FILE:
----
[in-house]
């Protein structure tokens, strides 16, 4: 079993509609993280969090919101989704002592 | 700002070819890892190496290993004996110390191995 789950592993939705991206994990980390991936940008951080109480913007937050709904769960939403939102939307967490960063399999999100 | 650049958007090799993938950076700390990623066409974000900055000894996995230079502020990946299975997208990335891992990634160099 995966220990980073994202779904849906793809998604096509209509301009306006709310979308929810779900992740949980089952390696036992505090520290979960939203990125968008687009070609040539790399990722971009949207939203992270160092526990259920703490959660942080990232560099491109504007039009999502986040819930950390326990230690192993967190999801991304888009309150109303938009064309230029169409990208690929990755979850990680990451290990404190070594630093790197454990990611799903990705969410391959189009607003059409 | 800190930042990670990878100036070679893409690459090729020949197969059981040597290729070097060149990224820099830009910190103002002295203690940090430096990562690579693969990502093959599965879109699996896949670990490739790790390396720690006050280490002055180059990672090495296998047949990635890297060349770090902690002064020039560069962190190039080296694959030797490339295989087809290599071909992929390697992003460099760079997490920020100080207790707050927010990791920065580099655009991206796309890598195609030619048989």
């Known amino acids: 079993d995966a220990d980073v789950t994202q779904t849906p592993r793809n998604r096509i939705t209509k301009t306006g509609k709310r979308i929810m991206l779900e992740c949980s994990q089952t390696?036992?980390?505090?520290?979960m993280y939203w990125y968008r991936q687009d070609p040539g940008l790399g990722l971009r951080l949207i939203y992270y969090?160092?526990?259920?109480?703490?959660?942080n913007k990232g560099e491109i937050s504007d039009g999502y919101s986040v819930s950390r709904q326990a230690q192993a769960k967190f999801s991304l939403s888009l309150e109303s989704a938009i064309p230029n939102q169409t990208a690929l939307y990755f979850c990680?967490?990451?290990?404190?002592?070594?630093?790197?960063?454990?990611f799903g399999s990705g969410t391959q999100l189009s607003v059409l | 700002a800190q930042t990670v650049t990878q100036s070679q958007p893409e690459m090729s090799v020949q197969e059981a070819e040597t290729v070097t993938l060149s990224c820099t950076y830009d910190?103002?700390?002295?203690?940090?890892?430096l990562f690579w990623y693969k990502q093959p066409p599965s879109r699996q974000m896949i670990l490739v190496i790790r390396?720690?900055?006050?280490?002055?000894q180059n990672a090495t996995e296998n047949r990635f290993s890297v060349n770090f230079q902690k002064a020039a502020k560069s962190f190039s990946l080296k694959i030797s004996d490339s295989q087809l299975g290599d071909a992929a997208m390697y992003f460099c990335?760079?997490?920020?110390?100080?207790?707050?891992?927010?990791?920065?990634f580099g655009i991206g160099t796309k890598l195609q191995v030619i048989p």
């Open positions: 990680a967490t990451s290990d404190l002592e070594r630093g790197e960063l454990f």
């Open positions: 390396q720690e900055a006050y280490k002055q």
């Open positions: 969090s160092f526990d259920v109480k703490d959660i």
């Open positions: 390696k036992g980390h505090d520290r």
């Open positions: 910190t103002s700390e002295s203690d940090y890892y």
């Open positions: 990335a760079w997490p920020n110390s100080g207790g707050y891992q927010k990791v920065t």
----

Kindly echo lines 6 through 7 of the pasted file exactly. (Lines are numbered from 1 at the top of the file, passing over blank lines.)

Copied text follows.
């Open positions: 969090s160092f526990d259920v109480k703490d959660i």
């Open positions: 390696k036992g980390h505090d520290r």